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Rotary Engraving Machine

A rotary engraving machine is similar to an industrial milling machine, in that both remove material from the work piece. A single rotary cutter is positioned over a two-dimensional work area. When the cutter moves down into the item, material is removed to a specific depth. On a milling machine, this depth is usually adjustable over a wide range. On a rotary engraving machine, the rotary cutter has two vertical positions: up and down. The up position allows free movement over the material, while the down position removes material.

BFS uses a Newing-Hall Model 300 rotary engraving machine.

The rotary cutter mechanism has a nose piece just above the tip of the rotary cutter. In the down position, the nose piece rests on the material, and the tip cuts into the material. This design allows precise adjustment of the cutting depth, which is only a few thousandths of an inch.

As plastic chips are cut away, they need to be cleared from the surface to allow continued cutting. Also, these chips could scratch the thin layer as the nosepiece moves over the material. With a hose attached to the side of the nosepiece, the chips are vacuumed away as they are cut from the engraving material.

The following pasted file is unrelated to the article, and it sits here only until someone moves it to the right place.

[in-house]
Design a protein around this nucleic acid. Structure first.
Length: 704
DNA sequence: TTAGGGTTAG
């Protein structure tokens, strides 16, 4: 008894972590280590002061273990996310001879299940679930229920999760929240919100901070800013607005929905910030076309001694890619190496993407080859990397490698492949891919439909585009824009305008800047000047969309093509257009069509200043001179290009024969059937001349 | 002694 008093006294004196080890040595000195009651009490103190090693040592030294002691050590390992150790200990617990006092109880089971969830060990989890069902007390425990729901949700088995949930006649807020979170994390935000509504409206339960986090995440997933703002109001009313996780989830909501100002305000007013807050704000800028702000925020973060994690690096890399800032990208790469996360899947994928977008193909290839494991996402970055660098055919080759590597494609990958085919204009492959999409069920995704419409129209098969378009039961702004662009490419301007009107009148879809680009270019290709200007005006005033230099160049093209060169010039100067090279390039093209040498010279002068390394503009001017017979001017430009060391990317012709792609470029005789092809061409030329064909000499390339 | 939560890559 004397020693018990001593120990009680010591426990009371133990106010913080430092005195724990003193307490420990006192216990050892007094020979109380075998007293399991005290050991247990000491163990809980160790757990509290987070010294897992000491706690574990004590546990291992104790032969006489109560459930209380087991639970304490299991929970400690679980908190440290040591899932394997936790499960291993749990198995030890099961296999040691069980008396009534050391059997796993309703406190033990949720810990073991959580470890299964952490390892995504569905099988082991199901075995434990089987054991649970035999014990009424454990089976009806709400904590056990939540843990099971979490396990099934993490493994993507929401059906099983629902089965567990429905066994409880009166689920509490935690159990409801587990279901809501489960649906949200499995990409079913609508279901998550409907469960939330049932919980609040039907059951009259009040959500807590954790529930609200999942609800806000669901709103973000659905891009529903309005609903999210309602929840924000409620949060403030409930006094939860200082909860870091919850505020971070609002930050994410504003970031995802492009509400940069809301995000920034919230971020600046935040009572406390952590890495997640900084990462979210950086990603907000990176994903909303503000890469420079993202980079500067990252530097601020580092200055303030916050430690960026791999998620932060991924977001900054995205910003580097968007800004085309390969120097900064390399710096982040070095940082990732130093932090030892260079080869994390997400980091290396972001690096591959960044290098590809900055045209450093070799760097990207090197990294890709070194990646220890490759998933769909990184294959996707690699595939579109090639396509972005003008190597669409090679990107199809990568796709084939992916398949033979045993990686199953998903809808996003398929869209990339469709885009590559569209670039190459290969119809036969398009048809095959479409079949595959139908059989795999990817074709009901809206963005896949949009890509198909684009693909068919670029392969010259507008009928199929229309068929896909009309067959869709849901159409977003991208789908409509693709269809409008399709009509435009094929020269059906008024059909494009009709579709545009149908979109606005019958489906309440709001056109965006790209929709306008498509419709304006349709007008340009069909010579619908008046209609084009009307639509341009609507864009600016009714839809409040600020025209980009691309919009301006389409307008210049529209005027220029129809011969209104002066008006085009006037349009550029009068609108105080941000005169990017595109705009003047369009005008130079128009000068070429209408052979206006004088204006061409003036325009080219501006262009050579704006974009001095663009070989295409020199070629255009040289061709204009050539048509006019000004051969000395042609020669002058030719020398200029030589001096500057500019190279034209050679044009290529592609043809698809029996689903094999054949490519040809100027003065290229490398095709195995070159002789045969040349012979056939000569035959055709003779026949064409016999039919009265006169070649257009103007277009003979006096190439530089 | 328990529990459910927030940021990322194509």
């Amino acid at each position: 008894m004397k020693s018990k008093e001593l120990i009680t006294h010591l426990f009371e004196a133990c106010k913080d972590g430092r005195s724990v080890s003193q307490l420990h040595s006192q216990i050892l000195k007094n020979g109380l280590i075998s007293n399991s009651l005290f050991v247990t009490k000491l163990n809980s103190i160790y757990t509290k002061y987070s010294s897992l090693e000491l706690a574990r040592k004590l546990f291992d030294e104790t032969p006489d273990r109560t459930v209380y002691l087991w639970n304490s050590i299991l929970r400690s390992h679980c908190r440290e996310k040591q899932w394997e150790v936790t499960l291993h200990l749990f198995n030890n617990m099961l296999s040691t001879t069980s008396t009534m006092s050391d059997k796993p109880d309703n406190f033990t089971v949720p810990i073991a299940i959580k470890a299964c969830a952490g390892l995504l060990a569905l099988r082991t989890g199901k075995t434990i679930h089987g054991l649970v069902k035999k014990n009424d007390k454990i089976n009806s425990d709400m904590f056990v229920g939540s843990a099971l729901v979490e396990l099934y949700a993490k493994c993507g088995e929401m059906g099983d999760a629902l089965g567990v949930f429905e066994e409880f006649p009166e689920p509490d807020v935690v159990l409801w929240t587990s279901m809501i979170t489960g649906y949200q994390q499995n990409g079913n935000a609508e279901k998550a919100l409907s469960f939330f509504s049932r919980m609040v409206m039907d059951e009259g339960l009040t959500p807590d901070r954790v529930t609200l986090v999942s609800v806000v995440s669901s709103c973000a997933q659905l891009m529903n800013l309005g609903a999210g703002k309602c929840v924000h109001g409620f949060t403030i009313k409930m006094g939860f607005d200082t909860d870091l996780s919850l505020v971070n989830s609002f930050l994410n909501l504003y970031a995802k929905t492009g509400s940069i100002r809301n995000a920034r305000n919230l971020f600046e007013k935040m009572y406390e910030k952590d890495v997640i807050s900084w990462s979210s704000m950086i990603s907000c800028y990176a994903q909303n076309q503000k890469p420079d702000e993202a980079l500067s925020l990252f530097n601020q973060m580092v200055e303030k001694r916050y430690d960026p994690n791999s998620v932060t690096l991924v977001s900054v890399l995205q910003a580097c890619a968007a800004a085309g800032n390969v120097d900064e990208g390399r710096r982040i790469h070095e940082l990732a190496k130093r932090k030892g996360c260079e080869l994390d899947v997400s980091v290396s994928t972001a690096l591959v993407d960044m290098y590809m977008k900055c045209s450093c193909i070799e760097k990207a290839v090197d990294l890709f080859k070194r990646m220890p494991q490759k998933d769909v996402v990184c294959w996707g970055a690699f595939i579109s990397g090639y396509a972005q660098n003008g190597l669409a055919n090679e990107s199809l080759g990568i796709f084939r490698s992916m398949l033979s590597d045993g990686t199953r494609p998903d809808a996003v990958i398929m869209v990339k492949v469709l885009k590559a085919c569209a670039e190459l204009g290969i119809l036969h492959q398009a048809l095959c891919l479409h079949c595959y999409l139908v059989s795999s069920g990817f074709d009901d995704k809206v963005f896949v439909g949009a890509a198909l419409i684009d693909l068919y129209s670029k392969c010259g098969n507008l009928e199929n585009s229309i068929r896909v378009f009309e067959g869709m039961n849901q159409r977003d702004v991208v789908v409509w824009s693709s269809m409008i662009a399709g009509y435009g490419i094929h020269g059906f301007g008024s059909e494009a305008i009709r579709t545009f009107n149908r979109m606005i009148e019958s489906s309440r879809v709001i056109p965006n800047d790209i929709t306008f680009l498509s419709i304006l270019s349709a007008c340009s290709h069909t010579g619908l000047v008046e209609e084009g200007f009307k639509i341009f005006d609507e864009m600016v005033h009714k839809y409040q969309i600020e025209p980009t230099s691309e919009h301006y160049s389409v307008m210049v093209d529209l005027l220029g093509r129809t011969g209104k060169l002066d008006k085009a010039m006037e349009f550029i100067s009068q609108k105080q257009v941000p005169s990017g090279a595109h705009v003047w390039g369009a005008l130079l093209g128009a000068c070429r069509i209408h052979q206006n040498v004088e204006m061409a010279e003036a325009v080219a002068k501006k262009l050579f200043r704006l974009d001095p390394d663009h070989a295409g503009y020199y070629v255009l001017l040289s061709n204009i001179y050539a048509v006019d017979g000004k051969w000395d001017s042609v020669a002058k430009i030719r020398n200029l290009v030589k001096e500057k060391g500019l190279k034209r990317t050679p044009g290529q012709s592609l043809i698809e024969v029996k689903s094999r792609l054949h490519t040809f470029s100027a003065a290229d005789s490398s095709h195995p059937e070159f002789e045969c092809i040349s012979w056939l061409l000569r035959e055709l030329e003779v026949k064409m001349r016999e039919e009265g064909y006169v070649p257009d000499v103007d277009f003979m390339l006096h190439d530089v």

The rotary cutter is specifically designed for the type of material and the desired effect. BFS uses Antares cutters with micrograin carbide tips.

While good hardware is essential for producing engraved products, good software makes the process faster. The ability to edit and save engraving information brings office automation to the engraving machine. Word processors process more that just words, and engraving software can now manipulate images as well as text.